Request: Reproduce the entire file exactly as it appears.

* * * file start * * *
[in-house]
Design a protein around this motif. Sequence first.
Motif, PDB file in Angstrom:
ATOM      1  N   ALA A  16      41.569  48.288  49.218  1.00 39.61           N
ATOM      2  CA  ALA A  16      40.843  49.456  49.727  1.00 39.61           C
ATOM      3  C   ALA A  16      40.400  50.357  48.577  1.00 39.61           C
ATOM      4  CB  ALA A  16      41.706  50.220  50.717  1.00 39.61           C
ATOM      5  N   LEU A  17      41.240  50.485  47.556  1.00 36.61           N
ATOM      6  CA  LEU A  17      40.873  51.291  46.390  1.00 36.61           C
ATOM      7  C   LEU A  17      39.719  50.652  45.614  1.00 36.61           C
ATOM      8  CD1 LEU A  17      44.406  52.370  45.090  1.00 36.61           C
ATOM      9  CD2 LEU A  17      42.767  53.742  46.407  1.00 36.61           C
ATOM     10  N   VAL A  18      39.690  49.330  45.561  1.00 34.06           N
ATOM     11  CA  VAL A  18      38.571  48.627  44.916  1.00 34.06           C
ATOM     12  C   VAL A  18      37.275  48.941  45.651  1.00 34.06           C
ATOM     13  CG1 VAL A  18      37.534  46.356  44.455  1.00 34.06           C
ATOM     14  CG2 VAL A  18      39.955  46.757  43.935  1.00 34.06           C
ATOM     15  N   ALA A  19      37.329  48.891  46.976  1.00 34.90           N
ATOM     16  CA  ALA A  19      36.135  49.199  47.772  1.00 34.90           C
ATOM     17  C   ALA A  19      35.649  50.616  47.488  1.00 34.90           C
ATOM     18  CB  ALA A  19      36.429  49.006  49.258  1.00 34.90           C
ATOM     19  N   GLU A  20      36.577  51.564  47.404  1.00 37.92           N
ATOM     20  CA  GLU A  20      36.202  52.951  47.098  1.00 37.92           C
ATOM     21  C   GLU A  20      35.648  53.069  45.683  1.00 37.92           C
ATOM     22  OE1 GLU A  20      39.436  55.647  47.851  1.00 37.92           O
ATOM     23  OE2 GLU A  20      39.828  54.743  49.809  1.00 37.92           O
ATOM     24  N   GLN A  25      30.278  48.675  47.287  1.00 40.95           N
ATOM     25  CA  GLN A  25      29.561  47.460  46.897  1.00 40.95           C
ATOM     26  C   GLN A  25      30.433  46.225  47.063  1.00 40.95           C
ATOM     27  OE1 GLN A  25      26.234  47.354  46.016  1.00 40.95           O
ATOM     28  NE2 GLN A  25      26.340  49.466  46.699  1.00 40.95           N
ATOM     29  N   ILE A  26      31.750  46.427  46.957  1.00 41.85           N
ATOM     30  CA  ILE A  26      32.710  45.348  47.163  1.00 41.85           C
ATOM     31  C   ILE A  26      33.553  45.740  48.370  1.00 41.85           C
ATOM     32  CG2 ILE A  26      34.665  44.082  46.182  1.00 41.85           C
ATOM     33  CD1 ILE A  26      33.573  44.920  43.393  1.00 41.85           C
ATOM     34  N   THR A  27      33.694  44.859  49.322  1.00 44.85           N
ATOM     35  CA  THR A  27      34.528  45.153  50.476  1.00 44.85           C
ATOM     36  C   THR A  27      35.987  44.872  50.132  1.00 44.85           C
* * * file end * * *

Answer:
[in-house]
Design a protein around this motif. Sequence first.
Motif, PDB file in Angstrom:
ATOM      1  N   ALA A  16      41.569  48.288  49.218  1.00 39.61           N
ATOM      2  CA  ALA A  16      40.843  49.456  49.727  1.00 39.61           C
ATOM      3  C   ALA A  16      40.400  50.357  48.577  1.00 39.61           C
ATOM      4  CB  ALA A  16      41.706  50.220  50.717  1.00 39.61           C
ATOM      5  N   LEU A  17      41.240  50.485  47.556  1.00 36.61           N
ATOM      6  CA  LEU A  17      40.873  51.291  46.390  1.00 36.61           C
ATOM      7  C   LEU A  17      39.719  50.652  45.614  1.00 36.61           C
ATOM      8  CD1 LEU A  17      44.406  52.370  45.090  1.00 36.61           C
ATOM      9  CD2 LEU A  17      42.767  53.742  46.407  1.00 36.61           C
ATOM     10  N   VAL A  18      39.690  49.330  45.561  1.00 34.06           N
ATOM     11  CA  VAL A  18      38.571  48.627  44.916  1.00 34.06           C
ATOM     12  C   VAL A  18      37.275  48.941  45.651  1.00 34.06           C
ATOM     13  CG1 VAL A  18      37.534  46.356  44.455  1.00 34.06           C
ATOM     14  CG2 VAL A  18      39.955  46.757  43.935  1.00 34.06           C
ATOM     15  N   ALA A  19      37.329  48.891  46.976  1.00 34.90           N
ATOM     16  CA  ALA A  19      36.135  49.199  47.772  1.00 34.90           C
ATOM     17  C   ALA A  19      35.649  50.616  47.488  1.00 34.90           C
ATOM     18  CB  ALA A  19      36.429  49.006  49.258  1.00 34.90           C
ATOM     19  N   GLU A  20      36.577  51.564  47.404  1.00 37.92           N
ATOM     20  CA  GLU A  20      36.202  52.951  47.098  1.00 37.92           C
ATOM     21  C   GLU A  20      35.648  53.069  45.683  1.00 37.92           C
ATOM     22  OE1 GLU A  20      39.436  55.647  47.851  1.00 37.92           O
ATOM     23  OE2 GLU A  20      39.828  54.743  49.809  1.00 37.92           O
ATOM     24  N   GLN A  25      30.278  48.675  47.287  1.00 40.95           N
ATOM     25  CA  GLN A  25      29.561  47.460  46.897  1.00 40.95           C
ATOM     26  C   GLN A  25      30.433  46.225  47.063  1.00 40.95           C
ATOM     27  OE1 GLN A  25      26.234  47.354  46.016  1.00 40.95           O
ATOM     28  NE2 GLN A  25      26.340  49.466  46.699  1.00 40.95           N
ATOM     29  N   ILE A  26      31.750  46.427  46.957  1.00 41.85           N
ATOM     30  CA  ILE A  26      32.710  45.348  47.163  1.00 41.85           C
ATOM     31  C   ILE A  26      33.553  45.740  48.370  1.00 41.85           C
ATOM     32  CG2 ILE A  26      34.665  44.082  46.182  1.00 41.85           C
ATOM     33  CD1 ILE A  26      33.573  44.920  43.393  1.00 41.85           C
ATOM     34  N   THR A  27      33.694  44.859  49.322  1.00 44.85           N
ATOM     35  CA  THR A  27      34.528  45.153  50.476  1.00 44.85           C
ATOM     36  C   THR A  27      35.987  44.872  50.132  1.00 44.85           C